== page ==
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Today as colleges teach the normal business model, which is that in the capitalist model Capital hires Labor – people become just another input (e.g. ‘Human Resources’) so the whole purpose of business becomes the generation of return on investment for the people who provide the capital – the investors.

In a co-operative, such as ourselves, Labor hires Capital – capital becomes merely another resource that the business requires to produce its services or products. The aims of a co-op business are to produce excellent goods and services, to provide good terms and conditions for employees, to be fair to suppliers, to provide limited* returns on investment for investors, to support local communities and to respect the environment. 

*Unlike a capitalist business, where the more successful the business is, the higher the return for investors, a successful co-operative sets limits on interest and instead ploughs profits back in the business and pays dividend payments to members.

We need to wake up to the fact that the current business model – as exemplified in TV programs like Dragons Den and The Apprentice – is not the only way of doing business. Many people in alternative circles are wary of the word ‘business’ assuming that it implies the current model with its emphasis on profits at all costs and its denial of any responsibility for the social or environmental impact of its operations. We believe we need to reclaim the word ‘business’ and demonstrate that business can be run for the benefit of all – a co-operative business model.

 So the co-operative model is an alternative business model to the current one – a business model which responds to the needs of all stakeholders; employees, customers, suppliers, the local community, the environment and future generations, as well as investors. It fits well with your collaborative economic model.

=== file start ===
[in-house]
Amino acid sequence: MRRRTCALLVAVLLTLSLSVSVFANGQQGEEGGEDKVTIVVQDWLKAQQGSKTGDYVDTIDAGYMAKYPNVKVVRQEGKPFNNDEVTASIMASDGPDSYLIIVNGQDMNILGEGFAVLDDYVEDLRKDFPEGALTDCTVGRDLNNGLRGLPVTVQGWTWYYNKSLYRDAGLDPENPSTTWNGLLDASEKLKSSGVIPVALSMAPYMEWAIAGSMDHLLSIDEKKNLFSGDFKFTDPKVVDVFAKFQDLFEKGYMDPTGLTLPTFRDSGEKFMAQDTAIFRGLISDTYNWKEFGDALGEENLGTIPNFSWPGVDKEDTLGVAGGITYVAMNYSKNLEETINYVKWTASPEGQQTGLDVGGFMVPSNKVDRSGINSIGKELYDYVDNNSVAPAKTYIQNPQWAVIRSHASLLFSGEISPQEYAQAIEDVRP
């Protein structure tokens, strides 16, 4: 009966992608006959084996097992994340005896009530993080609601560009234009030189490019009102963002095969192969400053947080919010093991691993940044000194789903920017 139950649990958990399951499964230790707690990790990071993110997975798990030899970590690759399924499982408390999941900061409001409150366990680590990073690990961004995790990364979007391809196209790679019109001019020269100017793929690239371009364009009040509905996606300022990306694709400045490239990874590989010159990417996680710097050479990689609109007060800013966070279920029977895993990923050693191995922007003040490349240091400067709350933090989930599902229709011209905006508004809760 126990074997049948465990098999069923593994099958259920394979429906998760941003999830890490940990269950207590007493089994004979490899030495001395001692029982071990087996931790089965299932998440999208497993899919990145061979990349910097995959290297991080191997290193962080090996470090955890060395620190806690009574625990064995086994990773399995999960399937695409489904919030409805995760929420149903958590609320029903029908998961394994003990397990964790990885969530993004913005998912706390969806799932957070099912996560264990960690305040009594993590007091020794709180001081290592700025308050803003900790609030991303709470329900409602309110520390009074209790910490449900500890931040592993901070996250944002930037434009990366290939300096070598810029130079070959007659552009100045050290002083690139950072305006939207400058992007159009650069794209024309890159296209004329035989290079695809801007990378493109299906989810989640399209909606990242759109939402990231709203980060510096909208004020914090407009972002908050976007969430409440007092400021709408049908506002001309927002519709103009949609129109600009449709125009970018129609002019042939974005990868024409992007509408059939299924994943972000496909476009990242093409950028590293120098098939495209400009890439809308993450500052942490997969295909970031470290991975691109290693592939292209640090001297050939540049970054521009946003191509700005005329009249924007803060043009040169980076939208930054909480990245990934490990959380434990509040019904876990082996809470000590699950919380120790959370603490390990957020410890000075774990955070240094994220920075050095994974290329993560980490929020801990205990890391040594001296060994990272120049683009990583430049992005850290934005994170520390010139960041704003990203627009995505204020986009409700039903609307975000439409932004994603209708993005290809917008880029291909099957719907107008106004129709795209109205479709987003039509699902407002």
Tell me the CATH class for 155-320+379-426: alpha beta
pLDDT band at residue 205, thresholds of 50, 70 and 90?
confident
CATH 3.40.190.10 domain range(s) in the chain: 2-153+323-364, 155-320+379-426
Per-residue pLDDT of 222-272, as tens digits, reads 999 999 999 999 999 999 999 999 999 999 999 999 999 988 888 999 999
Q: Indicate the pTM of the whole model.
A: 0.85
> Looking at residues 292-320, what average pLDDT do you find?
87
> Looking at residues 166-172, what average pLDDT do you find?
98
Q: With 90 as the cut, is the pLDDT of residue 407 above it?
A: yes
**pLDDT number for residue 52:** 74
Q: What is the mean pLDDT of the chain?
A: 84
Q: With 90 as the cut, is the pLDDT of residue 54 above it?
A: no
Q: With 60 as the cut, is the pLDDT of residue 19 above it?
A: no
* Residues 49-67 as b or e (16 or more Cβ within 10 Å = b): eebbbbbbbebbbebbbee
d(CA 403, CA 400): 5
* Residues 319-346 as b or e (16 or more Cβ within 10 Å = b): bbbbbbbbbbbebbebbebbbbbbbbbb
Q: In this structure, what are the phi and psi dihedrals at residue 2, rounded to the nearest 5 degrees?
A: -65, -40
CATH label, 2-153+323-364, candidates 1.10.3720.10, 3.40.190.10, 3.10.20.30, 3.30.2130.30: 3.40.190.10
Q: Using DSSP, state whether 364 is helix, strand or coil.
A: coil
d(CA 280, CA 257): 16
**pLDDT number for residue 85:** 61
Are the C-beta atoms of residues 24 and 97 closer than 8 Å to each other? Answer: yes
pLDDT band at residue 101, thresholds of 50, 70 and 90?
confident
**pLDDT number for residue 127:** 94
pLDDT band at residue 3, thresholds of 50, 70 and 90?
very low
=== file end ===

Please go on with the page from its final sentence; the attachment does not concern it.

In short, a co-op can be defined as "a jointly owned enterprise engaging in the production or distribution of goods or the supplying of services, operated by its members for their mutual benefit, typically organized by consumers. Co-operative businesses are typically more economically resilient than many other forms of enterprise, with twice the number of co-operatives (80%) surviving their first five years compared with other business ownership models (41%). Co-operatives frequently have social goals which they aim to accomplish by investing a proportion of trading profits back into their communities. As an example of this, in 2013,retail co-operativesin theUKinvested 6.9% of their pre-tax profits in the communities in which they trade as compared with 2.4% for other rivalsupermarkets.

Cooperative Principles are the seven guidelines by which Co-ops put their values into practice, often called the seven Rockdale Principles:

1.   Voluntary and open membership

2.   Democratic member control

3.   Economic participation by members

4.   Autonomy and independence

5.   Education, training and information

6.   Cooperation among cooperatives

7.   Concern for community

Cooperatives Values, in the tradition of its founders, are based on "self-help, self-responsibility, democracy, equality, equity and solidarity." Co-operative members believe in the ethical values of honesty, openness, social responsibility and caring for others.

Please help bring a change back into the United States business world by supporting us and our goals to provide good services to you and a good work environment to our members.

Thank You